Of particular interest is Lamb's essay on "The Races of Men," which he delineates as the Men Who Lend and the Men Who Borrow, concluding immediately that the Men Who Lend are tentative, furtive and apologetic, while The Men Who Borrow comprise "The Great Race."

You might also be interested in looking at (if not creating an edition of) The Autobiography of Benjamin Robert Haydon, the most famous chapter of which concerns an "Immortal Dinner" at which the attendees were Keats, Wordsworth, Lamb and -- for some unfathomable reason -- a vacuous postmaster who persisted in asking Wordsworth questions like, "Don’t you think Newton a great genius?" until a drunken Lamb staggered over to him with a candle and inquired, "Sir, will you allow me to look at your phrenological development?"

Both Haydon and Lamb date from the romantic period and are quite famous, so I believe you'd have your pick of sources.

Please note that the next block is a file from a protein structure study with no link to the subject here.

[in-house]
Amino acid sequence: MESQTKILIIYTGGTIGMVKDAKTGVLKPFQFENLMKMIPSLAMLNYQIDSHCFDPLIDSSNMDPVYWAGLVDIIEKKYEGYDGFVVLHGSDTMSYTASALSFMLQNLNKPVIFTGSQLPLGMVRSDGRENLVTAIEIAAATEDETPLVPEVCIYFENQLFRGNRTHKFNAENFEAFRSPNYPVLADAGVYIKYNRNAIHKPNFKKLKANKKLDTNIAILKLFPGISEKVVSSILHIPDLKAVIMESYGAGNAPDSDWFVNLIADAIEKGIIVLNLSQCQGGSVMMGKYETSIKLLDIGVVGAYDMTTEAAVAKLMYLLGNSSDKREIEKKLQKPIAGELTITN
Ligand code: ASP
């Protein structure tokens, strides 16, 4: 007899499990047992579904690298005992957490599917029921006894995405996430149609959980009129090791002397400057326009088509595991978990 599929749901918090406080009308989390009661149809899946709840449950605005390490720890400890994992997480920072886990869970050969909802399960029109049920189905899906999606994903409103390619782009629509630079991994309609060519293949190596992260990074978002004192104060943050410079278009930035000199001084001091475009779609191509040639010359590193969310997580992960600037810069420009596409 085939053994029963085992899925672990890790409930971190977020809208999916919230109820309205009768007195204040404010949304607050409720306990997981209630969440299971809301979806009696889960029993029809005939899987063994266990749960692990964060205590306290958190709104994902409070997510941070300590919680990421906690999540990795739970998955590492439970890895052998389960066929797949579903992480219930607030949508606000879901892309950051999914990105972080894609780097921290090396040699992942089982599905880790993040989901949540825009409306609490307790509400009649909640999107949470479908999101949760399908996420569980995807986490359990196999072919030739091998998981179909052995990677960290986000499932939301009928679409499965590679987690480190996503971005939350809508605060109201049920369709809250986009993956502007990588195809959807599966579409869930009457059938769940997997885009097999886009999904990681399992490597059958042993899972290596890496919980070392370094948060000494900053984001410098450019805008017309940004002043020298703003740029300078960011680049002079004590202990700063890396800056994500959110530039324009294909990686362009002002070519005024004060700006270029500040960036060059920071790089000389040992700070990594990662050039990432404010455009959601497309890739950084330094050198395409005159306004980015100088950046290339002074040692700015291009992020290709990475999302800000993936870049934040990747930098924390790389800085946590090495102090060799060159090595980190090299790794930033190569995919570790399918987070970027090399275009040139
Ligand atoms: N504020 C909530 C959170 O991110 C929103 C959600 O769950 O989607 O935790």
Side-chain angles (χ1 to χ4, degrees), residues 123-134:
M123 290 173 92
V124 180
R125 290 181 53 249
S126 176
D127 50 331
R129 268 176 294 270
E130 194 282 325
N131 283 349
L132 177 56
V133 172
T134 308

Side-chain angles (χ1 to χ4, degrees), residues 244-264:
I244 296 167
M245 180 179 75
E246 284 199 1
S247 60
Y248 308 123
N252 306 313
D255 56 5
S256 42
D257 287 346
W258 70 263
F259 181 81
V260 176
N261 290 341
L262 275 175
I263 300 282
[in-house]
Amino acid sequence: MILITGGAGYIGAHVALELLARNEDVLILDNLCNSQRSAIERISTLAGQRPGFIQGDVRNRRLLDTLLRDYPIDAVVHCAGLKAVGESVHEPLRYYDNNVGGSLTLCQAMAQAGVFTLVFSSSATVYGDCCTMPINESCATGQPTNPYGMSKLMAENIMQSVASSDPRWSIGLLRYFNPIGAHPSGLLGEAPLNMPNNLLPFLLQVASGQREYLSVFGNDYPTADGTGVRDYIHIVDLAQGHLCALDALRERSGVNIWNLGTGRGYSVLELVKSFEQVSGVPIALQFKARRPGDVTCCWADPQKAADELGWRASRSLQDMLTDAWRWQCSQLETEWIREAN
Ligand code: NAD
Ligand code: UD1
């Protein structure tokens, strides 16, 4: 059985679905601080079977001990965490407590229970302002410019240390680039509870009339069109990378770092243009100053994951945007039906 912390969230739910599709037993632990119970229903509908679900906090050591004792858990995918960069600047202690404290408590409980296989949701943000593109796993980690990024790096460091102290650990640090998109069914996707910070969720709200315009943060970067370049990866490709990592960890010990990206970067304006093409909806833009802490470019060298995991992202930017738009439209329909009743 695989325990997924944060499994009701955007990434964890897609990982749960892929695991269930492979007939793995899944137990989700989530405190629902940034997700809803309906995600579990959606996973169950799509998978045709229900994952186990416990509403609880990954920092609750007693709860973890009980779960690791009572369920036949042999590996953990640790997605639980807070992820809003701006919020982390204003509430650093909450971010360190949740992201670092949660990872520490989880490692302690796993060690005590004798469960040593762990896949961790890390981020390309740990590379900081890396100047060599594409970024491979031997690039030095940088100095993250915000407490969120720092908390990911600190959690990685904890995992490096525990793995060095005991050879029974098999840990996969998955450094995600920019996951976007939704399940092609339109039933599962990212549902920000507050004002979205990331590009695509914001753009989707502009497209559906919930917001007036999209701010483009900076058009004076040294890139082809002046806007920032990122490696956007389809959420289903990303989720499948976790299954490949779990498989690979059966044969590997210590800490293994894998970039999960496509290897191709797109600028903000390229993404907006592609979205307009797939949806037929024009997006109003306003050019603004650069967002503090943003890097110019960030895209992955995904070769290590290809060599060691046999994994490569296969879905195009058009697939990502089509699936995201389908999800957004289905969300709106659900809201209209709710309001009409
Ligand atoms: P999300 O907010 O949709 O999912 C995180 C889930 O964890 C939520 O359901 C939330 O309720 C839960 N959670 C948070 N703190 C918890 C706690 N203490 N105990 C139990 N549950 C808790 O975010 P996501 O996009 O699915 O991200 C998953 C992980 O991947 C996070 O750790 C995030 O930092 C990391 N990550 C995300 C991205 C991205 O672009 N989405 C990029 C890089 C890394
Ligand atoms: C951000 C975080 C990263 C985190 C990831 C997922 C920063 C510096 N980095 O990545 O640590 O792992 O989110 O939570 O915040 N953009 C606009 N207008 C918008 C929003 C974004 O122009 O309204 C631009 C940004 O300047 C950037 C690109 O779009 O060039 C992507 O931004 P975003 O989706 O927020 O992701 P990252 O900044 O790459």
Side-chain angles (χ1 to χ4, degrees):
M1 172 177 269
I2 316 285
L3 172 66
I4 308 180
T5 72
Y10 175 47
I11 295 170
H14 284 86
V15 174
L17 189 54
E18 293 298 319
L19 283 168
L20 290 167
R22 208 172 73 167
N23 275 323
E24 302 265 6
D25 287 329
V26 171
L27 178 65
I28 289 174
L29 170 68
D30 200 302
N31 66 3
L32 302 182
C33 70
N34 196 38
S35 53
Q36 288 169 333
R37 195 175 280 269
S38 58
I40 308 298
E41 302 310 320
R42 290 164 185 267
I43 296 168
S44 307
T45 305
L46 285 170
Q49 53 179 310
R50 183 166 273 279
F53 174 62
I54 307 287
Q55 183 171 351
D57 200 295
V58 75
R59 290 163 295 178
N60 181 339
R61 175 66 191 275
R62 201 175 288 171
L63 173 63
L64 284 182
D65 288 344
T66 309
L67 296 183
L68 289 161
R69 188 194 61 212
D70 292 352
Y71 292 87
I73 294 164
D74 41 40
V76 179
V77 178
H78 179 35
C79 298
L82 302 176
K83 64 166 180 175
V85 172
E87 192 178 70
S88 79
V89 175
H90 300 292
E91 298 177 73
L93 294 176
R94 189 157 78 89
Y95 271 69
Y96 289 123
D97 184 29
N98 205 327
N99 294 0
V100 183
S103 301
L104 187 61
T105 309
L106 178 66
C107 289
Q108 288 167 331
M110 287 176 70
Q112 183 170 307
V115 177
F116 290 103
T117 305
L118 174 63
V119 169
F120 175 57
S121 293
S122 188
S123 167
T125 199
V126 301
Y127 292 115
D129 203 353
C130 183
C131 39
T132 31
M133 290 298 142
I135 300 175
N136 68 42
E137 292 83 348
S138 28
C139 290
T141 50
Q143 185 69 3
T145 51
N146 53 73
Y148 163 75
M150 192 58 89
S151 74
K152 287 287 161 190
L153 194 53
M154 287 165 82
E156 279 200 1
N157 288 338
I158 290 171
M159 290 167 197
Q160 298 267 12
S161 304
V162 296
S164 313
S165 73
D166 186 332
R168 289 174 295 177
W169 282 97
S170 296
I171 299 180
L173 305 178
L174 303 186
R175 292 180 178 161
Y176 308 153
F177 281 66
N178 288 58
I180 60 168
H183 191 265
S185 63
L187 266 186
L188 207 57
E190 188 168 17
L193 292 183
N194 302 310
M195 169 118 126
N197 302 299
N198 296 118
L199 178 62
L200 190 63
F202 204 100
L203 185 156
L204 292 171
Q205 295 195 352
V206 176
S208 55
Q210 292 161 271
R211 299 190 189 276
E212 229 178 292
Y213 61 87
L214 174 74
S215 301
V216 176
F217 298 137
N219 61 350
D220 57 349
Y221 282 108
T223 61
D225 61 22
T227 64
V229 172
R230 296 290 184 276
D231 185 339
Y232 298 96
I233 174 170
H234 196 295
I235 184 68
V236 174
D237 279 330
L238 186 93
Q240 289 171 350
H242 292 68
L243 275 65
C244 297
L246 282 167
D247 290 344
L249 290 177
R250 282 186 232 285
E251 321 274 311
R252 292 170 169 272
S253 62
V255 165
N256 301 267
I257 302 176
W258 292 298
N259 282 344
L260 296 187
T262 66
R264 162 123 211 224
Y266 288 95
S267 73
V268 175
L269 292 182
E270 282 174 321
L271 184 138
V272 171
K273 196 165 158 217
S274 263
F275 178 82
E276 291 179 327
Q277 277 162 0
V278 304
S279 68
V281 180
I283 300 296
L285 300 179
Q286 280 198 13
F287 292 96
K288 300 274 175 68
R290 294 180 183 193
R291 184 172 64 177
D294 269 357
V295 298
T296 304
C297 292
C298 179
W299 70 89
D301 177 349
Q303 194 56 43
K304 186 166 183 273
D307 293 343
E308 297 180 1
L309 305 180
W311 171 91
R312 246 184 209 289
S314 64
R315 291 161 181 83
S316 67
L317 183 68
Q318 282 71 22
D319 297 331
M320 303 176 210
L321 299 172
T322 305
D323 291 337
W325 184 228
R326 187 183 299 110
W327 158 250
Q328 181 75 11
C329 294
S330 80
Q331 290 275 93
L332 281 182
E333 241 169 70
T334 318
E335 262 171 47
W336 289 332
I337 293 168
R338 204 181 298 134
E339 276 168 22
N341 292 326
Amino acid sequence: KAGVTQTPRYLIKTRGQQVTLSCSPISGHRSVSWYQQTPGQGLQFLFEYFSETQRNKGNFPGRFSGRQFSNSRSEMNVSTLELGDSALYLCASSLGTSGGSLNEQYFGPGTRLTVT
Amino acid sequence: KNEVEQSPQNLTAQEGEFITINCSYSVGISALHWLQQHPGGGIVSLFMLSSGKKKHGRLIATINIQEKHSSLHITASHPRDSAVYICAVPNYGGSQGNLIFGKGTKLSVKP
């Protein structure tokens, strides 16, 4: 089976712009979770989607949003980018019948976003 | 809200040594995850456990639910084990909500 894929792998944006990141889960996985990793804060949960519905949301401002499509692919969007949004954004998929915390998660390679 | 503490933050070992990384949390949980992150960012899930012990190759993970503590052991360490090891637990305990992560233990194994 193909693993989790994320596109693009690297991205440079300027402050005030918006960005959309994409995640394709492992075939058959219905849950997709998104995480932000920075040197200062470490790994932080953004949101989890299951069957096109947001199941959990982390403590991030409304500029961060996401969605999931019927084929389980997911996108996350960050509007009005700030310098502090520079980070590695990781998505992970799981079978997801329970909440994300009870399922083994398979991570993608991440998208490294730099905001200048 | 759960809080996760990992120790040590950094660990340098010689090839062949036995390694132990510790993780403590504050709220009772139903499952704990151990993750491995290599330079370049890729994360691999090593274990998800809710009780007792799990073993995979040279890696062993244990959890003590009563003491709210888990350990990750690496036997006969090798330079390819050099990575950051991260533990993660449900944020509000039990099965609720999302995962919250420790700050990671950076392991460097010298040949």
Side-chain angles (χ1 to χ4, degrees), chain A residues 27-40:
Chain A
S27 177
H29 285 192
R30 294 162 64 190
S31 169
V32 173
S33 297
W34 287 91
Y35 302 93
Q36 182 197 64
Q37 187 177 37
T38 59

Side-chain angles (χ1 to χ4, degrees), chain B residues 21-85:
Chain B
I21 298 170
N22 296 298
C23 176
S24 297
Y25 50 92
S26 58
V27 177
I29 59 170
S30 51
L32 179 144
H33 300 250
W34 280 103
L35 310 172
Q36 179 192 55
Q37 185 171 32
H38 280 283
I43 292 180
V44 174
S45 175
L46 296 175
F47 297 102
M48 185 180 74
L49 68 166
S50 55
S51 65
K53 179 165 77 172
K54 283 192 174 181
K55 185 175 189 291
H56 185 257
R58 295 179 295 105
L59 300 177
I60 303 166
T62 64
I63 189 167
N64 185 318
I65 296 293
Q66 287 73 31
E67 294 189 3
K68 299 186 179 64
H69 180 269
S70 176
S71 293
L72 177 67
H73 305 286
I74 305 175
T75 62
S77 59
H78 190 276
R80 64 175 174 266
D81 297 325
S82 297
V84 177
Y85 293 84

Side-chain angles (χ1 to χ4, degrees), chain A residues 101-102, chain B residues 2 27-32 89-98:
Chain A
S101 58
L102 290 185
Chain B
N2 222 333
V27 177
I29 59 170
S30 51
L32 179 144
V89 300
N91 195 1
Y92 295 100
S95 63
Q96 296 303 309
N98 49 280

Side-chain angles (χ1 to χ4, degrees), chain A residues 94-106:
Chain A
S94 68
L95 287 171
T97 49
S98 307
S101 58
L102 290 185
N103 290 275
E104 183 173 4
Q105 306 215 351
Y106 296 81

Other English Romantics I'd love to see in the MR library: John Clare, George Darley, Walter Savage Landor, Thomas De Quincey and Dorothy Wordsworth (whose journals I prefer infinitely to the poems they inspired by her brother William).

Last edited by Prestidigitweeze; 05-21-2013 at 08:49 AM.
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Old 05-21-2013, 08:16 AM   #65
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Quote:
Originally Posted by tubemonkey View Post
#4

I never change the font of the books I read. To me, a font is a font is a font. When I turn my K4 on, I read. I never use the dictionaries, never take notes, never underline or highlight passages, etc. Those features are wasted on me.